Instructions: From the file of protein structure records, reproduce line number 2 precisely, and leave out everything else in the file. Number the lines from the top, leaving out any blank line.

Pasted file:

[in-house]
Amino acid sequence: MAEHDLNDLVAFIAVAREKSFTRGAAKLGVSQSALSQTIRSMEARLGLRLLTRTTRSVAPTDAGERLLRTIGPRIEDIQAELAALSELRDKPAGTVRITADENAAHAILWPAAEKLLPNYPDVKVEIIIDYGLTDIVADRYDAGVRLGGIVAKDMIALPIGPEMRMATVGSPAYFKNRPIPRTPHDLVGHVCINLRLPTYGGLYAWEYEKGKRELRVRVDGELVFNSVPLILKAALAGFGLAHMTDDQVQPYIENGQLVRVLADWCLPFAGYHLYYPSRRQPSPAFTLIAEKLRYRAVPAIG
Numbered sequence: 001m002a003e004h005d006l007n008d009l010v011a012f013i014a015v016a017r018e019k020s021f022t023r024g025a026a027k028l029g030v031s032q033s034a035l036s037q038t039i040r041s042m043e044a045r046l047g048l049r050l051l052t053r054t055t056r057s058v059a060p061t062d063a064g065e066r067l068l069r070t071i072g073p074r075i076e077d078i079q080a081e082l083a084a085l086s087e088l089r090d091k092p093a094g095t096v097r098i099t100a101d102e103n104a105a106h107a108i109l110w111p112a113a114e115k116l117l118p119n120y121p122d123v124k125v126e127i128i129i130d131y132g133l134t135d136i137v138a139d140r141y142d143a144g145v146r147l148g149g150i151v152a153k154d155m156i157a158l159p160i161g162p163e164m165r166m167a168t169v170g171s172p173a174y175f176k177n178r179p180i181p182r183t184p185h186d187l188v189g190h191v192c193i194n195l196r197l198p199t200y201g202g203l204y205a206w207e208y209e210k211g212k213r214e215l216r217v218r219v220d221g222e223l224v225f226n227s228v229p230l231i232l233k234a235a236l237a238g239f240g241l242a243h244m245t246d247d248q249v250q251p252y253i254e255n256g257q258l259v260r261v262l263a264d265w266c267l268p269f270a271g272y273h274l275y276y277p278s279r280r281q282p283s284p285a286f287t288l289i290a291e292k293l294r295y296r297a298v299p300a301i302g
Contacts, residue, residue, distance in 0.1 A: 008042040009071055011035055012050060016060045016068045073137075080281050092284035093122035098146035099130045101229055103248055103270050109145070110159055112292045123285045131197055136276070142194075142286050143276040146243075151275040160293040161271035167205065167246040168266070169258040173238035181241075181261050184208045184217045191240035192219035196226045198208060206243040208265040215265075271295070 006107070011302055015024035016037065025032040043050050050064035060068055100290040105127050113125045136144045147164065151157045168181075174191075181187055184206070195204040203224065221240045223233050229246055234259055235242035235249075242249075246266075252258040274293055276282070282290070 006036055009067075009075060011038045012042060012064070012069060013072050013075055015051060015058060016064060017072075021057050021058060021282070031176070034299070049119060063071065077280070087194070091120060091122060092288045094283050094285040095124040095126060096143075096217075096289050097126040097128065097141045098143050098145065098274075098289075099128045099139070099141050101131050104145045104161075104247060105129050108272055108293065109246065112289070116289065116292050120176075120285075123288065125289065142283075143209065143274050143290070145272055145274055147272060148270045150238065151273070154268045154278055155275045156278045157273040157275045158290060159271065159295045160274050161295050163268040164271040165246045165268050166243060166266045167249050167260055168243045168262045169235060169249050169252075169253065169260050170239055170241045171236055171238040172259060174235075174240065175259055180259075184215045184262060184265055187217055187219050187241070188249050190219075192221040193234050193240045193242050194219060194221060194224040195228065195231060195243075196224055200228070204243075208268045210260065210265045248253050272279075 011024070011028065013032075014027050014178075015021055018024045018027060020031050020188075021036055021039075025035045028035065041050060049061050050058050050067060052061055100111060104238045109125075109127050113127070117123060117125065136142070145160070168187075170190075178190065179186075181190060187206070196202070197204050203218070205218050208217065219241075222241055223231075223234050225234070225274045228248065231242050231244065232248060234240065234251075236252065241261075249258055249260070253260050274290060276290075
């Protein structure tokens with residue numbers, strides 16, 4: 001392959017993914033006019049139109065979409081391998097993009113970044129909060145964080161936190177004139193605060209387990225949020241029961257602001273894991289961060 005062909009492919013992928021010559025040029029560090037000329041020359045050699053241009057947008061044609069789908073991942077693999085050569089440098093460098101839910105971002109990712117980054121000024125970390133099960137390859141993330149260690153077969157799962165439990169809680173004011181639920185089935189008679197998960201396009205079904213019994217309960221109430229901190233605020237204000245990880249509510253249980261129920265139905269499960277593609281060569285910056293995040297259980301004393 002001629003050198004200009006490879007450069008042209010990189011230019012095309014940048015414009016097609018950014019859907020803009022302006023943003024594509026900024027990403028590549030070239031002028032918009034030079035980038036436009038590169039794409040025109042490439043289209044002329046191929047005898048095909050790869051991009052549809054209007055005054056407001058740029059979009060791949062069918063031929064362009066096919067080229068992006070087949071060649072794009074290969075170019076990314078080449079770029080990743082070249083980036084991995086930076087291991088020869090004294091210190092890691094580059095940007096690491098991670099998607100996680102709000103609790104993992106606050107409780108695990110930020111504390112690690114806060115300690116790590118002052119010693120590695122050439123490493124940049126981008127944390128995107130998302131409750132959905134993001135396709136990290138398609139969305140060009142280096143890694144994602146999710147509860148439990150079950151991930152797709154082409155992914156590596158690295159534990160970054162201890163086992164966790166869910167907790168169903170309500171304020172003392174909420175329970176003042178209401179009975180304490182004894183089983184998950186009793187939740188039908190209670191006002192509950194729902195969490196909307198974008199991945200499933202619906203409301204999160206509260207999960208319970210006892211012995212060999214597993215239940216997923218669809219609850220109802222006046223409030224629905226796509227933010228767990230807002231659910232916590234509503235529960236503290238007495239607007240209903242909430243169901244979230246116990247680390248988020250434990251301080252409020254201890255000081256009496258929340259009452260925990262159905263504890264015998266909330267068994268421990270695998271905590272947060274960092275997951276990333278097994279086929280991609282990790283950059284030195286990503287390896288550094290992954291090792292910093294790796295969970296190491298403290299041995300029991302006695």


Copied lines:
Amino acid sequence: MAEHDLNDLVAFIAVAREKSFTRGAAKLGVSQSALSQTIRSMEARLGLRLLTRTTRSVAPTDAGERLLRTIGPRIEDIQAELAALSELRDKPAGTVRITADENAAHAILWPAAEKLLPNYPDVKVEIIIDYGLTDIVADRYDAGVRLGGIVAKDMIALPIGPEMRMATVGSPAYFKNRPIPRTPHDLVGHVCINLRLPTYGGLYAWEYEKGKRELRVRVDGELVFNSVPLILKAALAGFGLAHMTDDQVQPYIENGQLVRVLADWCLPFAGYHLYYPSRRQPSPAFTLIAEKLRYRAVPAIG